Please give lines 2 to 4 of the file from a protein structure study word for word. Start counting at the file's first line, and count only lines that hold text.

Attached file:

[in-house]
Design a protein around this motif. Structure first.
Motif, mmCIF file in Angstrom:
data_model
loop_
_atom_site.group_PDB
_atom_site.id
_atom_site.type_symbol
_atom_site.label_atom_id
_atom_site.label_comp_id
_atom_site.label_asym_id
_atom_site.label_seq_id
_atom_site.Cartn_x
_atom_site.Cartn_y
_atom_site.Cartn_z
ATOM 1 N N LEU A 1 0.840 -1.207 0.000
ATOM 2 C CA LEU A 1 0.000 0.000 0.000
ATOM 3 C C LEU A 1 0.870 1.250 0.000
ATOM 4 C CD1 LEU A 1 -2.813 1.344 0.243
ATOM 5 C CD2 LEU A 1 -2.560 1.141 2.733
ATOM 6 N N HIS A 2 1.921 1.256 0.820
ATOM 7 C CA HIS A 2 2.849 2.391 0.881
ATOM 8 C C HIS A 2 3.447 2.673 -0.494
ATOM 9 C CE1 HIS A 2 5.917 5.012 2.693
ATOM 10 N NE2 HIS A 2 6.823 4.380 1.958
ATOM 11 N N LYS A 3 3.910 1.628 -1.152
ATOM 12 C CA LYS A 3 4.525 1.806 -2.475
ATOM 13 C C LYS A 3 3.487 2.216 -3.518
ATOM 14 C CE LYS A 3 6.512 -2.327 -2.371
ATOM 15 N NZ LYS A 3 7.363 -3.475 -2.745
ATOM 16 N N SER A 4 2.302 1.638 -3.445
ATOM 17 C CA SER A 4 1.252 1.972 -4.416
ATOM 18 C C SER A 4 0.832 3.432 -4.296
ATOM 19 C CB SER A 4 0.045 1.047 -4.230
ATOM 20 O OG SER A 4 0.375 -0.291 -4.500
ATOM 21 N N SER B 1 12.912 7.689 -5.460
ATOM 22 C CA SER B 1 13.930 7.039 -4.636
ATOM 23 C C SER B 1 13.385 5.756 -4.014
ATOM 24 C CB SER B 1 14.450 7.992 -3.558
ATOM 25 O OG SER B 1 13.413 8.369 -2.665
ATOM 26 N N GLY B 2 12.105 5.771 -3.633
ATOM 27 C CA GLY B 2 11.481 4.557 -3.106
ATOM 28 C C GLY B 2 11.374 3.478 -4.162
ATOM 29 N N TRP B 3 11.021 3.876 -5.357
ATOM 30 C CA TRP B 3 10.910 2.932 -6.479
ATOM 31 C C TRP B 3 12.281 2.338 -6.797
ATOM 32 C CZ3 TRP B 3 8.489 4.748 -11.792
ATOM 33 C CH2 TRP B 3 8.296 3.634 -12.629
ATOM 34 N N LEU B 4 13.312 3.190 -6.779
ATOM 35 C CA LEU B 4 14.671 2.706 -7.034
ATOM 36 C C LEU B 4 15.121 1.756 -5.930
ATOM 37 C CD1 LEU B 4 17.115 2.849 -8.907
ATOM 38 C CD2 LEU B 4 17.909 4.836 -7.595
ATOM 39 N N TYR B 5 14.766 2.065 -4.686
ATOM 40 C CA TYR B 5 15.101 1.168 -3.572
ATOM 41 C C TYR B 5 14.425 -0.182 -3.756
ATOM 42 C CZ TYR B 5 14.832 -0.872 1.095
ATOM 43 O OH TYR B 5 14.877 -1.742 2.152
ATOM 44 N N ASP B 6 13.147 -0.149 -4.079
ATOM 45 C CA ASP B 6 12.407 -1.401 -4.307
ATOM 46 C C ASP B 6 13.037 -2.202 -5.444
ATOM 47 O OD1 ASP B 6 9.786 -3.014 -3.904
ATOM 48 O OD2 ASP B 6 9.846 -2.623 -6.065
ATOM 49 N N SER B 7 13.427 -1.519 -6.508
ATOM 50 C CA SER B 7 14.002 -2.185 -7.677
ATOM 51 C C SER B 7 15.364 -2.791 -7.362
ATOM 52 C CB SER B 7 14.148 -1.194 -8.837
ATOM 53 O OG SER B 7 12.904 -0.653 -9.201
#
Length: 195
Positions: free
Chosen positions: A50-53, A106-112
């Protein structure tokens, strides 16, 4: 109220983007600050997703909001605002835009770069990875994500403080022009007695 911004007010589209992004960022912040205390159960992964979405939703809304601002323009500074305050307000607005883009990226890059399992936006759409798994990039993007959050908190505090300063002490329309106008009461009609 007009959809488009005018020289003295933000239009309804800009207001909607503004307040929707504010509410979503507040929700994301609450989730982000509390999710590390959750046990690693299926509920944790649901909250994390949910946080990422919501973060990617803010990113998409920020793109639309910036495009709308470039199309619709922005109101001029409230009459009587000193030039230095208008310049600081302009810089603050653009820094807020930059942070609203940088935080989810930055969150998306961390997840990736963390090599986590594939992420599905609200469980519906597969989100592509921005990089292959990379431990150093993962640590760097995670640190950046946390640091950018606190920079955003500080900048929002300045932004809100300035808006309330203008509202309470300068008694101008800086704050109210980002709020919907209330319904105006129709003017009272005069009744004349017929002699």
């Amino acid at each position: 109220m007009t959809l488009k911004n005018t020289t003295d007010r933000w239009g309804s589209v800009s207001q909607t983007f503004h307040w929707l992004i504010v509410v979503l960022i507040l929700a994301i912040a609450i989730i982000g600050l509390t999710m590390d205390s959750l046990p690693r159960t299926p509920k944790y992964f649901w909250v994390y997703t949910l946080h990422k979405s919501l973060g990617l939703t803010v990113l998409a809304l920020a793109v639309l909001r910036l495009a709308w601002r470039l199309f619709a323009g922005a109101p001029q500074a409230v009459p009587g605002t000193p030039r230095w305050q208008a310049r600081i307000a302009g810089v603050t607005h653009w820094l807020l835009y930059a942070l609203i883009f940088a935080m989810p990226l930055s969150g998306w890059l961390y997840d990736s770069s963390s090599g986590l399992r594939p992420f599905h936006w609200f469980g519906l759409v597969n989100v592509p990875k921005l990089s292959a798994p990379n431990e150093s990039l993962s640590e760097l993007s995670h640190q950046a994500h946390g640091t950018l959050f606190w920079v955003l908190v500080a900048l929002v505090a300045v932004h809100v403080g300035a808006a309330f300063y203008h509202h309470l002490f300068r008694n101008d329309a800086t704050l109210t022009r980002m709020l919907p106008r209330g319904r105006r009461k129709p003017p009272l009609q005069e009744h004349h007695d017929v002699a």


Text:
Design a protein around this motif. Structure first.
Motif, mmCIF file in Angstrom:
data_model